Sewing puts the wearer in the driver’s seat as far as fit, fabric, and design. Plus-size people often find themselves at a loss when they are shopping off the rack. Size inclusivity has become a huge issue, with books devoted to the topic.
Normandie Luscher, an illustrator and educator, started sewing because she “would imagine something and not really find anything like it.” As a plus-size person, she was frustrated by the selection and quality of the clothing she found. After learning to sew, she realized that her clothing quality was just better.
“I love sewing because if I made it, I can know better how to fix it,” Luscher says.
Renee Christopher-Boardley commuted from Annapolis to attend Turner’s class at Domesticity. She enrolled after taking an intro class after finding that many ready-to-wear garments didn’t fit her slim, narrow frame.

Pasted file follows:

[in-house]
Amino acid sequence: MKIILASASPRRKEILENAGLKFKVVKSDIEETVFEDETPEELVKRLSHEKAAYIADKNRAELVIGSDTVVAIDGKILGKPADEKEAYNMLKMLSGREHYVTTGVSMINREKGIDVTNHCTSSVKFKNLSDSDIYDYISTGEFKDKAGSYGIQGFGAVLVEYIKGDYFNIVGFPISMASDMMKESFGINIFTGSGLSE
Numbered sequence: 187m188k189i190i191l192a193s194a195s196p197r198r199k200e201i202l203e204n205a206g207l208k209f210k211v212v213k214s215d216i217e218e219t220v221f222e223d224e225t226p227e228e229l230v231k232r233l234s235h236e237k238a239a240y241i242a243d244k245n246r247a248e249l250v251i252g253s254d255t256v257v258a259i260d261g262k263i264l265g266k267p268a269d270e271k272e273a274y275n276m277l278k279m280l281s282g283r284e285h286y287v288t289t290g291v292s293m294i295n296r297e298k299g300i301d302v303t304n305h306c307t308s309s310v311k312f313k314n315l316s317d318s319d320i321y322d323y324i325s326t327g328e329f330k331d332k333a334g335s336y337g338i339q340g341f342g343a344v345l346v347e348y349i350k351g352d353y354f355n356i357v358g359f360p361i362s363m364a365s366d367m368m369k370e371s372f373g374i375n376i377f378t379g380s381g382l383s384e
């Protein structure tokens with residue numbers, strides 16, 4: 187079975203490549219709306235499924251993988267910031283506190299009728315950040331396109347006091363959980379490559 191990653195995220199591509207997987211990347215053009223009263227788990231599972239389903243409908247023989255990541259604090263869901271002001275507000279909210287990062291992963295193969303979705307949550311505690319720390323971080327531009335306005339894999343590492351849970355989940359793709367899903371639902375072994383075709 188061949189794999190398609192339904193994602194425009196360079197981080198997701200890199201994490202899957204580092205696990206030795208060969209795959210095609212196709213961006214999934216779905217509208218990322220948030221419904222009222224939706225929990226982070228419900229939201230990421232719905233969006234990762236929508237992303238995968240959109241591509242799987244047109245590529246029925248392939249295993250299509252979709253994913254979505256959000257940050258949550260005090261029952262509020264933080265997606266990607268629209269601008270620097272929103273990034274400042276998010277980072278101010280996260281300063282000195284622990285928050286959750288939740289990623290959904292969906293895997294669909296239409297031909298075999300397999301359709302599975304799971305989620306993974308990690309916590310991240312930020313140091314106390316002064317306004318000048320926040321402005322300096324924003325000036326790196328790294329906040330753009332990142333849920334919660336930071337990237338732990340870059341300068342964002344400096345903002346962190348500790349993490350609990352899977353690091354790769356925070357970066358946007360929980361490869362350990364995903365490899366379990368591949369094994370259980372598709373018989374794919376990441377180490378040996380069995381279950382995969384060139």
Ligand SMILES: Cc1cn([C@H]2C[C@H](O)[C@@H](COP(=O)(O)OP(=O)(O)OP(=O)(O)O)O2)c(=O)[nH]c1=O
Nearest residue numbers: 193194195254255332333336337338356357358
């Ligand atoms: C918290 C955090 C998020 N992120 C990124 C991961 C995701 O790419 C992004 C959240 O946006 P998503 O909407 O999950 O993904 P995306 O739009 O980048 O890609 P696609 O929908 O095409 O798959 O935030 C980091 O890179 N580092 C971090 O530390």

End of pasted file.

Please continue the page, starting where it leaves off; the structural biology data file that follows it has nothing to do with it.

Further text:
“My husband learned to sew from his grandmother and he’s sewn beautiful suits and outfits, but I always had trouble with it and I’ve always wanted to make clothes that fit me well,” she said.
Turner began sewing as a small child with her brother, but got really into it after getting laid off in 2020. To keep herself busy, she turned to sewing and remembered why she always loved it. She’d had difficulty finding a job that fit her, anyway. Taking the time to regroup gave her the time to realize what she really loves doing, teaching sewing.
As an educator, she hopes to inspire more people to make clothing that works for their bodies. For her, garment making is about body liberation, not just body positivity.